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9.2.3 Configuring Character Sets and Collations in EF Core

This section describes how to change the character set, collation, or both at the entity and entity-property level in an Entity Framework (EF) Core model. Modifications made to the model affect the tables and columns generated from your code.

Starting with MySQL Connector/NET 6.10.4, you have two distinct approaches available for configuring character sets and collations in code-first scenarios. Data annotation enables you to apply attributes directly to your EF Core model. Alternatively, you can override the OnModelCreating method on your derived DbContext class and use the code-first fluent API to configure specific characteristics of the model. An example of each approach follows.

For more information about supported character sets and collations, see Character Sets and Collations in MySQL.

Using Data Annotation

Before you can annotate an EF Core model with character set and collation attributes, add a reference to the following namespace in the file that contains your entity model:

using MySql.Data.EntityFrameworkCore.DataAnnotations;

Add one or more [MySqlCharset] attributes to store data using a variety of character sets and one or more [MySqlCollation] attributes to perform comparisons according to a variety of collations. In the following example, the ComplexKey class represents an entity (or table) and Key1, Key2, and CollationColumn represent entity properties (or columns).

[MySqlCharset("utf8")]
public class ComplexKey
{
  [MySqlCharset("latin1")
  public string Key1 { get; set; }

  [MySqlCharset("latin1")]
  public string Key2 { get; set; }

  [MySqlCollation("latin1_spanish_ci")]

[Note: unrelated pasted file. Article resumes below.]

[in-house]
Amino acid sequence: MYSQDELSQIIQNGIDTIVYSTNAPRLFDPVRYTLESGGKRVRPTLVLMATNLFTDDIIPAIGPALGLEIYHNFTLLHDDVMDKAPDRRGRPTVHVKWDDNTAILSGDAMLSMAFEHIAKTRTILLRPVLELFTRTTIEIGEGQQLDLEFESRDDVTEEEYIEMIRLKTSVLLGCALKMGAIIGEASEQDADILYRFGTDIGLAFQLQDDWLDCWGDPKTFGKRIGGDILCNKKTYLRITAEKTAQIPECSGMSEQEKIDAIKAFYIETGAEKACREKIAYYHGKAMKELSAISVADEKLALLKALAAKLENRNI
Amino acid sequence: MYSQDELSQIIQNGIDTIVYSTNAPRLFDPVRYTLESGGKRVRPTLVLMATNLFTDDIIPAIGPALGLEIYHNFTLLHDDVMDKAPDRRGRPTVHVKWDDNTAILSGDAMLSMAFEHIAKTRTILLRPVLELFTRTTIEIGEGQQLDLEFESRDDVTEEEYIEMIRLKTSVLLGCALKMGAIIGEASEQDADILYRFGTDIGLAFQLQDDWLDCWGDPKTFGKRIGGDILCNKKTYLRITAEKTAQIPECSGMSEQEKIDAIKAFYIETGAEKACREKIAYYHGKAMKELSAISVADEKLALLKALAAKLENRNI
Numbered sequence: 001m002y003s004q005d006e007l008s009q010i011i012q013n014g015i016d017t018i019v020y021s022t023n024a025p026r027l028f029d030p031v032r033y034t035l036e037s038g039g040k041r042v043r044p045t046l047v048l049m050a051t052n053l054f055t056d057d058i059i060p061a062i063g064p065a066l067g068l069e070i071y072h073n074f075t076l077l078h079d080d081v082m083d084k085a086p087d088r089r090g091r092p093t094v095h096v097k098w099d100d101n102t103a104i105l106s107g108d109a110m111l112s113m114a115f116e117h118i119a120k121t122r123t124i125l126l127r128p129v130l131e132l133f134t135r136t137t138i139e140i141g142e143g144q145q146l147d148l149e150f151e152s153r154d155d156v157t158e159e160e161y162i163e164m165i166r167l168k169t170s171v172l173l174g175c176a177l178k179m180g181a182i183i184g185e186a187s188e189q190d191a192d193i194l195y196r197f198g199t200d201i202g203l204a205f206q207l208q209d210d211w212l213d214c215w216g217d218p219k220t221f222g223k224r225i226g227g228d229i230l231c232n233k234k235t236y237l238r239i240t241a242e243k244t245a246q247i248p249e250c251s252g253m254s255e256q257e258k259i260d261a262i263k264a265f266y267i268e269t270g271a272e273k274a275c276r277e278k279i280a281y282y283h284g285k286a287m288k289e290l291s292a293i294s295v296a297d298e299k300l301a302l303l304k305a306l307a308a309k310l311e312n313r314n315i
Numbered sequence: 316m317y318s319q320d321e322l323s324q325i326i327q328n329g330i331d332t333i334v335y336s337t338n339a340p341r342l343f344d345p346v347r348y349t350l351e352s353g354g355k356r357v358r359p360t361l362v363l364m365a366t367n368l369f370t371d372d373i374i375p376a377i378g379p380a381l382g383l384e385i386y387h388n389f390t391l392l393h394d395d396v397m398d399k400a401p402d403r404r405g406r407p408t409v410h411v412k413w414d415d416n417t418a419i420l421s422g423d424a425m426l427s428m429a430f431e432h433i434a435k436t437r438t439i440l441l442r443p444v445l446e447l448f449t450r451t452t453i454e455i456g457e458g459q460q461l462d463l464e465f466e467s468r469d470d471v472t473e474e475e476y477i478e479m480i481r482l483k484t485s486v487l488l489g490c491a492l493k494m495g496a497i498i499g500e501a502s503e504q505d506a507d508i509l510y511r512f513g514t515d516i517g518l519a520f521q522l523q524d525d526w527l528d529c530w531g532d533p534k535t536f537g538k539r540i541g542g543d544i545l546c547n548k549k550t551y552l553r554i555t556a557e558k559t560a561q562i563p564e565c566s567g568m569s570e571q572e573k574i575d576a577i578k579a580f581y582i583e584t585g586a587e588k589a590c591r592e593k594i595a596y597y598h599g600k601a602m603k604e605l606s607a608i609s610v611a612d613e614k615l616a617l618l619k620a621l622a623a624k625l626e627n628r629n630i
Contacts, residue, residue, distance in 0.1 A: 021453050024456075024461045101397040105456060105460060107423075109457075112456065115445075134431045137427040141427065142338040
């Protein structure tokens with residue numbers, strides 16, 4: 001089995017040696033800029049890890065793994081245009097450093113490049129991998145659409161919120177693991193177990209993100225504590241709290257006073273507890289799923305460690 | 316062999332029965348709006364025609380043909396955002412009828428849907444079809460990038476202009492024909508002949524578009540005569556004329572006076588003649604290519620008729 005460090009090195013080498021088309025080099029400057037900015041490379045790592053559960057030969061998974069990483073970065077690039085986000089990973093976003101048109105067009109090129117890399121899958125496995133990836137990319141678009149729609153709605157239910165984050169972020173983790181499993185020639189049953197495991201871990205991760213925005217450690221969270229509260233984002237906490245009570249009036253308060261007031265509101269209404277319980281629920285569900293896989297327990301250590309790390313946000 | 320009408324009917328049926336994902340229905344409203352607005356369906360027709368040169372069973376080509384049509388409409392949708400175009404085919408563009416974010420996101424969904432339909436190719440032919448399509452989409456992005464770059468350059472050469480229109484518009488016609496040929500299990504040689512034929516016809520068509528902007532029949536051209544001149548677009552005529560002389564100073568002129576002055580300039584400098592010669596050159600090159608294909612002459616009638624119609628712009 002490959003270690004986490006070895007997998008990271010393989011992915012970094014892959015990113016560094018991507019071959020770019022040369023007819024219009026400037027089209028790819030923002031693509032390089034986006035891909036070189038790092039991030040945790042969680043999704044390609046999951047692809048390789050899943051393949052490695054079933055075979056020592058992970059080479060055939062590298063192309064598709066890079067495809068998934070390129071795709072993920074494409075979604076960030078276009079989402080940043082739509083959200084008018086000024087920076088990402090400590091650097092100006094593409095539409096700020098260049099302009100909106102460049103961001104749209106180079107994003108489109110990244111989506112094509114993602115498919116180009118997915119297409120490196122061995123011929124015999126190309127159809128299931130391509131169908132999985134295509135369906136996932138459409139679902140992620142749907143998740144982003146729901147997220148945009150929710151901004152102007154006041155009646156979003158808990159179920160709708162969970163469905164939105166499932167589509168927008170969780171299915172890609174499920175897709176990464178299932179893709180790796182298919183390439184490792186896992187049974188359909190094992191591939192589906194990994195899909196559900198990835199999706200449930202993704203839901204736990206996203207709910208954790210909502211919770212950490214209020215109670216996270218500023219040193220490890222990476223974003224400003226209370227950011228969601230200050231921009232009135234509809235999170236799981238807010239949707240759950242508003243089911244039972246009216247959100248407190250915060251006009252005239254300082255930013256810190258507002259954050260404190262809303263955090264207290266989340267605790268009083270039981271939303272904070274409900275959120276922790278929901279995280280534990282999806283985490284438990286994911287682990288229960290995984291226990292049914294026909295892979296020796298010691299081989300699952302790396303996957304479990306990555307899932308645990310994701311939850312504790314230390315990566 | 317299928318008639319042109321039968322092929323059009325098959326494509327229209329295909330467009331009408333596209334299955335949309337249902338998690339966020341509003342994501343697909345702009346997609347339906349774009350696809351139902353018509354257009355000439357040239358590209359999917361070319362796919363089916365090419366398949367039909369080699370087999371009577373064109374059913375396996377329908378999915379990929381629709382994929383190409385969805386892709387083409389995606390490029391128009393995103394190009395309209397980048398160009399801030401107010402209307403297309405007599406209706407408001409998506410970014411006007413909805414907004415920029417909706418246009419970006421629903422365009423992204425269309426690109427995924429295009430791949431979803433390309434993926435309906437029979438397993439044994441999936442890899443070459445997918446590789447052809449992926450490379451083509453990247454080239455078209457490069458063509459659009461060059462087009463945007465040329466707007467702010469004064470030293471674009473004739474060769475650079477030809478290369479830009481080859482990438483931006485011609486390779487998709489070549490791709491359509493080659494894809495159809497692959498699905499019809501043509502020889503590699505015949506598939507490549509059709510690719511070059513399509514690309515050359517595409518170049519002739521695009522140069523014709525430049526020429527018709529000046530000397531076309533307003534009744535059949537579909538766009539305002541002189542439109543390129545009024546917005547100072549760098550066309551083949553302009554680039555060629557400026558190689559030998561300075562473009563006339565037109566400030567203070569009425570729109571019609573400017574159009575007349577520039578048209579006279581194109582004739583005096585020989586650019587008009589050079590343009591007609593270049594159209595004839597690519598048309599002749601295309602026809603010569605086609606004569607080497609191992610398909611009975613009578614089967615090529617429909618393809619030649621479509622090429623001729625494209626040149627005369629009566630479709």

public string CollationColumn { get; set; }
}

Using the Code-First Fluent API

Add the following directive to reference the methods related to character set and collation configuration:

using MySQL.Data.EntityFrameworkCore.Extensions;

When using the fluent API approach, the EF Core model remains unchanged. Fluent API overrides any rule set by an attribute.

public class ComplexKey
{
  public string Key1 { get; set; }

  public string Key2 { get; set; }

  public string CollationColumn { get; set; }
}

In this example, the entity and various entity properties are reconfigured, including the conventional mappings to character sets and collations. This approach uses the ForMySQLHasCharset and ForMySQLHasCollation methods.

public class MyContext : DbContext
{
  public DbSet<ComplexKey> ComplexKeys { get; set; }

  protected override void OnModelCreating(ModelBuilder modelBuilder)
  {
    modelBuilder.Entity<ComplexKey>(e =>
    {
      e.HasKey(p => new { p.Key1, p.Key2 });
      e.ForMySQLHasCollation("ascii_bin"); // defining collation at Entity level
      e.Property(p => p.Key1).ForMySQLHasCharset("latin1"); // defining charset in a property
      e.Property(p => p.CollationColumnFA).ForMySQLHasCollation("utf8_bin"); // defining collation in a property
    });
  }
}

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